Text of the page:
And revelation of you both I see, Here, where by all all saints invoked are, 'T were too much schism to be singular,

I should write here, as in short gallenes'yooľ And 'gainst a practice general to war.

The master at the end large glasses ties, %

So to present the room twice to our eyes :
Yet turning to saints should m'humility
To other saint than you directed be,

So I should give this letter length, and say
That were to make my schism heresy.

That which I said of you; there is no way

From either, but to th’ other, not to stray.
Nor wonld I be a convertite so cold,
As not to tell it; if this be too bold,

May therefore this b' epongh to testify
Pardons are in this market cheaply sold.

My true devotion, free from battery;

He that believes himself, doth never lie.
Where, because faith is in too low degree,
I thought it some apostleship in me
To speak things, which by faith alone I see.
That is, of you, who are a firmament
Of virtues, where no one is grown or spent;

They 're your materials, not your orna!nent.

AUGUST, 1614. Others, whom we call virtuous, are not so In their whole substance; but their virtues grow Fair, great, and good, since seeing you we see But in their humours, and at seasons show. What Heav'n can do, what any earth can be:

Since now your beauty shines, now when the Sun, For when through tasteless flat humility

Grown stale, is to so low a value run, In dough-bak'd men some harmlessness we see,

That his dishevel'd beams and scatter'd fires 'T is but his phlegm that 's virtuous, and not be: Serve but for ladies' periwigs and tires

In lovers' sonnets : you come to repair So is the blood sometimes; whoever ran

God's book of creatures, teaching what is fair. To danger unimportun'd, he was then

Since now, when all is withery, shrunk, and dry'd, No better than a sanguine-virtuous man.

All virtues ebb’d out to a dead low tide,

All the world's frame being crumbled into sand, So cloister'd men, who in pretence of fear

Where ev'ry man thinks by himself to stand,
All contributions to this life forbear,

Integrity, friendship, and confidence,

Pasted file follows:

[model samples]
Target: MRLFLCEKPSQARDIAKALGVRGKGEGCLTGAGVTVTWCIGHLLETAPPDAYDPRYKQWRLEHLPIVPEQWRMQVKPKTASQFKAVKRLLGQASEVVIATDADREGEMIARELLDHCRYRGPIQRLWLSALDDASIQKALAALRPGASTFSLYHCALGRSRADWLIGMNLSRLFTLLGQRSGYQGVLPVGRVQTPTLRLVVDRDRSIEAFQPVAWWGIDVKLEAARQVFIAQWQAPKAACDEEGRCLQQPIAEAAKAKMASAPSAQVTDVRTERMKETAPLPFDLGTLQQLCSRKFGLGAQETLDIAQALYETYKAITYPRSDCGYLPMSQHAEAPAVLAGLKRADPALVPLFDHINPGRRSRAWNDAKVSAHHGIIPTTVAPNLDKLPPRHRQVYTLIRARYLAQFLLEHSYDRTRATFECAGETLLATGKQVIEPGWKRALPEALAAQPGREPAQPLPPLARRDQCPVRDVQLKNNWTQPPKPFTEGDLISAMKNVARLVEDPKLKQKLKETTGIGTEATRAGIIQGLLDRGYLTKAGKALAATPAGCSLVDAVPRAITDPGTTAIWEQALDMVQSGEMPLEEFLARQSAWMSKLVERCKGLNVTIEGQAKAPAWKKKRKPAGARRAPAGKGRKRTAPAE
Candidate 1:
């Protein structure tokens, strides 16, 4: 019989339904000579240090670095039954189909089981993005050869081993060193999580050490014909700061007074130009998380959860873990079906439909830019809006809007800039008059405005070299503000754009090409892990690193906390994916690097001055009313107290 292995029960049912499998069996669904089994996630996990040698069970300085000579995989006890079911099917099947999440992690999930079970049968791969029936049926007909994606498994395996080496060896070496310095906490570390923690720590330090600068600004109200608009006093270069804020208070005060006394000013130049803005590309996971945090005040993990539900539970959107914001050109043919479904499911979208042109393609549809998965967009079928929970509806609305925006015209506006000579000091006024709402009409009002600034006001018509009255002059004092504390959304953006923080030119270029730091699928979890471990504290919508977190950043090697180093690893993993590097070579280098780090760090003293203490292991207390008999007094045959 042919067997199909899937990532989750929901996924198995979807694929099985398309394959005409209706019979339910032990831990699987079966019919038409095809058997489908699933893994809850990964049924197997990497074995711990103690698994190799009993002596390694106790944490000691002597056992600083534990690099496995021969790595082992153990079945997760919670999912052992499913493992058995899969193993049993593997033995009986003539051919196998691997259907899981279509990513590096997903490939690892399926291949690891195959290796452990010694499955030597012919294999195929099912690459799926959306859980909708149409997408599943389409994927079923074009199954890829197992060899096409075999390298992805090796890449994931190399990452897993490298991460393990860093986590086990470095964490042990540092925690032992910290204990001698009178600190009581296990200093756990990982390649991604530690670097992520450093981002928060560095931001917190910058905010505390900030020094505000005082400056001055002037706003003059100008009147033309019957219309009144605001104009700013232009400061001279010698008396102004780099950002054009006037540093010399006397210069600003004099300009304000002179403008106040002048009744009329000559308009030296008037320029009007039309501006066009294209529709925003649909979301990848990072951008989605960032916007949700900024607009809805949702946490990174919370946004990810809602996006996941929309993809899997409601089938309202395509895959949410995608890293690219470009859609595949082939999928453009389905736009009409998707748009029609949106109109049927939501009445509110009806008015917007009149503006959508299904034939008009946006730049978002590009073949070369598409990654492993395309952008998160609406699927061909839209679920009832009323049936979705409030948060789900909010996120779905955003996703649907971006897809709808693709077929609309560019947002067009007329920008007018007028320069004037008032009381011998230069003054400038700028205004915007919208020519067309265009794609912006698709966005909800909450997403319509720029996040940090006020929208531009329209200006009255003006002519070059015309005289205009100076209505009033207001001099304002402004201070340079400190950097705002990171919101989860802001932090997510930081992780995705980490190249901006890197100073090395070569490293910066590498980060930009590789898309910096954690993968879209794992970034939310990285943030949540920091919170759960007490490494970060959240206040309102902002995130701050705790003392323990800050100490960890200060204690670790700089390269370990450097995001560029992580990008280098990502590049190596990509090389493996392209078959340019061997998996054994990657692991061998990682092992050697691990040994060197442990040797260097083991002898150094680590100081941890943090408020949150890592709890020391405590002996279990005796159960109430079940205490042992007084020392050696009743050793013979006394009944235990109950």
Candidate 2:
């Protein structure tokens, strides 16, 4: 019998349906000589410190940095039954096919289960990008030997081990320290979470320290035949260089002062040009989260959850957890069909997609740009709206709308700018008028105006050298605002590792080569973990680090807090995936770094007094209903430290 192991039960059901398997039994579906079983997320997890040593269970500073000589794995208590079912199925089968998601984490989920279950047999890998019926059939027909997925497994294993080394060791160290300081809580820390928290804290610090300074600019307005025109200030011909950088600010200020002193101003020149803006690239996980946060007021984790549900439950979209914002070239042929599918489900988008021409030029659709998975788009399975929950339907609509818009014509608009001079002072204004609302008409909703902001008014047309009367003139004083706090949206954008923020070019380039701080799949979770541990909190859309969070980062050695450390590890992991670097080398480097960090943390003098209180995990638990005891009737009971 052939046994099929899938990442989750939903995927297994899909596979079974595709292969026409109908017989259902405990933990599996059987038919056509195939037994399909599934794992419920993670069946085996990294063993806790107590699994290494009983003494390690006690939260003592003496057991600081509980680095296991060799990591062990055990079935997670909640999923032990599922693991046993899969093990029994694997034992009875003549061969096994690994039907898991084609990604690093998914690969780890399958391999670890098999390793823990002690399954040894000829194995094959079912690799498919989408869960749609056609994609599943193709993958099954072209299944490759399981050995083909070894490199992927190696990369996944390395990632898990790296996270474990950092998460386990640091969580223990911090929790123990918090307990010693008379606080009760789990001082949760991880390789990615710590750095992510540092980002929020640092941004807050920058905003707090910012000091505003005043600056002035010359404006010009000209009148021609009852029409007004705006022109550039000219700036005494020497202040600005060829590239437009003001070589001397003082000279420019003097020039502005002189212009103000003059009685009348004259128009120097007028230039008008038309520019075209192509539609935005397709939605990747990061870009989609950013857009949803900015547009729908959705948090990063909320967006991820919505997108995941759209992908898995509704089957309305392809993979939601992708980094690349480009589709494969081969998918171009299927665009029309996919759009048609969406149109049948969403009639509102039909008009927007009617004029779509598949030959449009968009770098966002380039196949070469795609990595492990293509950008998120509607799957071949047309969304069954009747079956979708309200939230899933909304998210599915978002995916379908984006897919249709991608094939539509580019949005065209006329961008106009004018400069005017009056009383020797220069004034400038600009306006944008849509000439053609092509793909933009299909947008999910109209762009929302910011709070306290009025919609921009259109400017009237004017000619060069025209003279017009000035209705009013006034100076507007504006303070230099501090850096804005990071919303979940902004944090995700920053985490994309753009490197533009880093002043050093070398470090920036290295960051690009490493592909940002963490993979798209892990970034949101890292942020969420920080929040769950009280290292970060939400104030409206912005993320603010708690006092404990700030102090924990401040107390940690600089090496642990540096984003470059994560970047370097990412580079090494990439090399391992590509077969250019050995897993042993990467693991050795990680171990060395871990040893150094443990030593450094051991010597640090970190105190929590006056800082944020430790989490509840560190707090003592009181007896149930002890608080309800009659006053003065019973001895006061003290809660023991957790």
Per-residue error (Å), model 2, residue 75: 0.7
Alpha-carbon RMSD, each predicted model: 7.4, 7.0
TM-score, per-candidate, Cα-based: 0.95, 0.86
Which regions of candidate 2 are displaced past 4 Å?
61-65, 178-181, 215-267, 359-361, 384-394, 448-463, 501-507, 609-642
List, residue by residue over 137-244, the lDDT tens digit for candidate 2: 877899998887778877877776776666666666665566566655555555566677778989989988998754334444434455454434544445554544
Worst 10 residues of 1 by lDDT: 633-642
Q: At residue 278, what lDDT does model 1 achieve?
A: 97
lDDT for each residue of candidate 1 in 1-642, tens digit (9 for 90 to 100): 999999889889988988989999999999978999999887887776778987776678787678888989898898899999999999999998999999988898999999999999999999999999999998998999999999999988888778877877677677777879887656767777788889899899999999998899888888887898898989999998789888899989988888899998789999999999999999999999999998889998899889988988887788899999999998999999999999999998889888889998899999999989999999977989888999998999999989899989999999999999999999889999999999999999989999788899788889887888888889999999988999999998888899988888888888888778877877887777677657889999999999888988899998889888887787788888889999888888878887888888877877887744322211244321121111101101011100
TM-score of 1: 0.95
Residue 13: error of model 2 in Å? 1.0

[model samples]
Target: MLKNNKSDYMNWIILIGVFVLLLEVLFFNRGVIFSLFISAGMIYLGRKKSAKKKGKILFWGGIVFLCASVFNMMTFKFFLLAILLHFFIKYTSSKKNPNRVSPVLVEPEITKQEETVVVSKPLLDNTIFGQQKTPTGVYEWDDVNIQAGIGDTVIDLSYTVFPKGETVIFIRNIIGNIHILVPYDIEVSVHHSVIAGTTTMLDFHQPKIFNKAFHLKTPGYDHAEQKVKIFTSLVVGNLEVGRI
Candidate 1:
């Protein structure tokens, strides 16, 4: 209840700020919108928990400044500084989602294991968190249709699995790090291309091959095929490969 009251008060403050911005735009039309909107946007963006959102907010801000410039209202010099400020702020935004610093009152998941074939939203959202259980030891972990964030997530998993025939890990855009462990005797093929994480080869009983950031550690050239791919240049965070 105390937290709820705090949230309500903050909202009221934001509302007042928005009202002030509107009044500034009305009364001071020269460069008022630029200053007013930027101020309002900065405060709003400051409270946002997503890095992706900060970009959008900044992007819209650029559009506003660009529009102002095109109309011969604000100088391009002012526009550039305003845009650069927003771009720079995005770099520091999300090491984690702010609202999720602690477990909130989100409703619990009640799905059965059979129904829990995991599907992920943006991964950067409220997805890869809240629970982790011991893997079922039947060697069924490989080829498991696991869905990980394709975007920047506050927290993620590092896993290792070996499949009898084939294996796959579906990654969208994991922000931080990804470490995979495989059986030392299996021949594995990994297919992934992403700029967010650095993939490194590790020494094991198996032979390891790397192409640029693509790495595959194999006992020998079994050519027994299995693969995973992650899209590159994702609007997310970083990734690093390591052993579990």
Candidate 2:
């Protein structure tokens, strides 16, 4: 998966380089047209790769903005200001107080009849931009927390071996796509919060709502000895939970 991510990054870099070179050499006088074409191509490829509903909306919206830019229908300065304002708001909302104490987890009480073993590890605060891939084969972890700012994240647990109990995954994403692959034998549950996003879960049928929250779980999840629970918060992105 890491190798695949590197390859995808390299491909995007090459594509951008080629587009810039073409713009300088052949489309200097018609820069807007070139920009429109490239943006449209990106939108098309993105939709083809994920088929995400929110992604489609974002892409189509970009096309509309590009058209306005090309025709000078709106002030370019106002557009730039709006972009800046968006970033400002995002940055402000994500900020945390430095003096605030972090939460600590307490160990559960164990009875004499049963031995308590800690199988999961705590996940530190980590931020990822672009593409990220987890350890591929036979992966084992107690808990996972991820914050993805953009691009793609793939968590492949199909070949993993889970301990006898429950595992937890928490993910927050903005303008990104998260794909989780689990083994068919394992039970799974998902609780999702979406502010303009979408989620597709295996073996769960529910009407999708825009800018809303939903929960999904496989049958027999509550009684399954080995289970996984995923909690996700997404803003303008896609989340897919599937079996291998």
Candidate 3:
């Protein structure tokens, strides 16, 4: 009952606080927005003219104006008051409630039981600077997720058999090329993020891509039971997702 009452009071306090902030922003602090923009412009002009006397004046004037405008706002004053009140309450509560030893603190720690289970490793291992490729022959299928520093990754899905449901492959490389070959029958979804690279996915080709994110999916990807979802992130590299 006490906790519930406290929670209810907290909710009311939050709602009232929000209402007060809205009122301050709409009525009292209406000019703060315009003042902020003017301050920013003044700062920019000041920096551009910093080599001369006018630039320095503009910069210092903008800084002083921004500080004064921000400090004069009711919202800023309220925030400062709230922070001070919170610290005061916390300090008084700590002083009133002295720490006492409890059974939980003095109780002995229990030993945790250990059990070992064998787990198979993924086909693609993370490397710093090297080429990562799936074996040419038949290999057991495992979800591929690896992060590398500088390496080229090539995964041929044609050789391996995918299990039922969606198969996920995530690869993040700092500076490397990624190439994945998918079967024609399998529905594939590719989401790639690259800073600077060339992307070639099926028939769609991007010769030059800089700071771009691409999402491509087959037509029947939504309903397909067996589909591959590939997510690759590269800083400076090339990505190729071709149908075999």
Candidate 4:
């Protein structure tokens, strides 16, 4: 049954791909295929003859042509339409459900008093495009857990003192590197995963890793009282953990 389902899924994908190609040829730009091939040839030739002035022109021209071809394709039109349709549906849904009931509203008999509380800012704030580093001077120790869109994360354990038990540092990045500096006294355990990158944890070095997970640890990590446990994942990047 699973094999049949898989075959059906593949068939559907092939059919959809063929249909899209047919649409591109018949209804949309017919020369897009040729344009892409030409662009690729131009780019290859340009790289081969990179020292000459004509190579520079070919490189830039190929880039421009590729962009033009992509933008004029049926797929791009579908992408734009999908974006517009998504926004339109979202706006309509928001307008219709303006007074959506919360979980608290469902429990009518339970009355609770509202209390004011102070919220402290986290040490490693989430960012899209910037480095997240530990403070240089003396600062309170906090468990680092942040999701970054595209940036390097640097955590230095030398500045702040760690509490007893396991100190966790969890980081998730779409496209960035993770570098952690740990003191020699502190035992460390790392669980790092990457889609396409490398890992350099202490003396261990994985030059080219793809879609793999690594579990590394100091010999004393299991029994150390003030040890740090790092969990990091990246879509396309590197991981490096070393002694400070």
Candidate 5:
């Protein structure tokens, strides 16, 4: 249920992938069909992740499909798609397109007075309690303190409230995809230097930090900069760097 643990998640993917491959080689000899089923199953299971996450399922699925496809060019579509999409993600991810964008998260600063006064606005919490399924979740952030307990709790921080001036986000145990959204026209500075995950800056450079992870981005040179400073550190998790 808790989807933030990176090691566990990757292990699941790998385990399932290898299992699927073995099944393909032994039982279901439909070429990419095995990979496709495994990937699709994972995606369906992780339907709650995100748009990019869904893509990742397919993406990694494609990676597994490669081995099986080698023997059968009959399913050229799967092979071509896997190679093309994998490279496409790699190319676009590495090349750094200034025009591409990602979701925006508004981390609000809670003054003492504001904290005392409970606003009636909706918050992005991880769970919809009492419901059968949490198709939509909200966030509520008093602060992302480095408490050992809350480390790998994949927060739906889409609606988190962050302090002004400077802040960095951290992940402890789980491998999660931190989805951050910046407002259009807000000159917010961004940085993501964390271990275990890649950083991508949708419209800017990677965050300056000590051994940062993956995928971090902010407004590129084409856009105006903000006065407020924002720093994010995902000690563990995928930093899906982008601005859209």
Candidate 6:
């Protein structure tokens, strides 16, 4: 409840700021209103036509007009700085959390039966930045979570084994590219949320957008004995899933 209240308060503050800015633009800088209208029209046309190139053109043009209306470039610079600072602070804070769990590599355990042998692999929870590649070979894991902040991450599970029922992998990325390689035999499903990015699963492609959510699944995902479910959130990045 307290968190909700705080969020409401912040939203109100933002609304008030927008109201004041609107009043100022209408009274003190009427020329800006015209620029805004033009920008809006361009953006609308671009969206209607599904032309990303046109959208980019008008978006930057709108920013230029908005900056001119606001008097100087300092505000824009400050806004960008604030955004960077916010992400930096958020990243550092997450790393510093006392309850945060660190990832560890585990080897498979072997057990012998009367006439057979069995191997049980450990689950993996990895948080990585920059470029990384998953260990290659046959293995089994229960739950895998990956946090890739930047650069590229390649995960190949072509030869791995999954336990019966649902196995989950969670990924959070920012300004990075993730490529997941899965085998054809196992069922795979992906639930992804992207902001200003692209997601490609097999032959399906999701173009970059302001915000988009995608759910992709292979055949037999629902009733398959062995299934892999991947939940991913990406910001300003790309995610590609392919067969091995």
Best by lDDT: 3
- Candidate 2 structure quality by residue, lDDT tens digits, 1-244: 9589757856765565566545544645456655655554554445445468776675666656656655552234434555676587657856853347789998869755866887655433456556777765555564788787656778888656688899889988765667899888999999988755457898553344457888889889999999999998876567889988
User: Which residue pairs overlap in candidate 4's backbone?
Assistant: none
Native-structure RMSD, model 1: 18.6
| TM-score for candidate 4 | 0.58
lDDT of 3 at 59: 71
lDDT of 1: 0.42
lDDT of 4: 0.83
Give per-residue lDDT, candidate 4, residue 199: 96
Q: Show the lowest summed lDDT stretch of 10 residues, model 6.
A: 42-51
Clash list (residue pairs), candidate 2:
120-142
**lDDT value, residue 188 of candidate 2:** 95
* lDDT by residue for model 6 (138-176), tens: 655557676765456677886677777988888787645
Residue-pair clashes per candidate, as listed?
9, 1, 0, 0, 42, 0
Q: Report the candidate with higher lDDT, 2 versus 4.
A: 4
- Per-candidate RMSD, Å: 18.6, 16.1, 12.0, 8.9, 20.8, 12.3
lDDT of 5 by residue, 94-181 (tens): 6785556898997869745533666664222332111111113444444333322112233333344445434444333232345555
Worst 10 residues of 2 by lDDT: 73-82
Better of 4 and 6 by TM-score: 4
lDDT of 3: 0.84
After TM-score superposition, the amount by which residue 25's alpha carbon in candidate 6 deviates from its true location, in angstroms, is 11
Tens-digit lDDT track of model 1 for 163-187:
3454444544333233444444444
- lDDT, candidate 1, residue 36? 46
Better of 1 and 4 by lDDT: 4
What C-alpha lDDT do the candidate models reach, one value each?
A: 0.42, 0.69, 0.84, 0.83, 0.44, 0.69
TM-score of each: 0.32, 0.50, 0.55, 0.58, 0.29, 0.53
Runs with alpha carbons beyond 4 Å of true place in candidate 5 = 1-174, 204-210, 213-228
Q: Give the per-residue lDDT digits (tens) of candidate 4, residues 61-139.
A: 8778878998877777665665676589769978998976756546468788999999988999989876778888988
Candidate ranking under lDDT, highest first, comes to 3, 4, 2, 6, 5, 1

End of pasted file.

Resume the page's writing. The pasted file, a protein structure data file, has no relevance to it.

Have virtue in melancholy, and only there. (Cements of greatness) being vapour'd hence,

And narrow man being fill’d with little shares, Spiritual choleric critic, which in all

Courts, city, church, are all shops of small-wares, Religions find faults, and forgive no fall,

All having blown to sparks their noble fire, Have through this zeal virtue but in their gall. And drawn their sound gold ingot into wire ;


Al trying by a love of littleness
To make abridgments and to draw to less,

Even that nothing, which at first we were ;
Since in these times your greatness doth appear, You that are she and you, that's double she,
And that we learn by it, that man, to get

In her dead face half of yourself shall see; Towards him that's infinite, must first be great. She was the other part; for so they do, Since in an age so ill, as none is fit

Which build them friendships, become one of two; So much as to accuse, much less mend it,

So two, that but themselves no third can fit, (For who can judge or witness of those times, Which were to be so, when they were not yet Where all alike are guilty of the crimes?) Twins, though their birth Cusco and Masco take, Where he, that would be good, is thought by all As divers stars oue constellation make; A monster, or at best fantastical:

Pair'd like two eyes, have equal motion, so Since now you durst be good, and that I do Both but one means to see, one way to go. Discern, by daring to contemplate you,

Had you dy'd first, a carcass she had been ; That there may be degrees of fair, great, good, And we your rich tomb in her face had seen. Through your light, largeness, virtue understood : She like the soul is gone, and you here stay, If in this sacrifice of mine be shown

Not a live friend, but th’ other half of clay; Any small spark of these, call it your own : And since you act that part, as men say, here And if things like these have been said by me Lies such a prince, when but one part is there; Of others; call not that idolatry.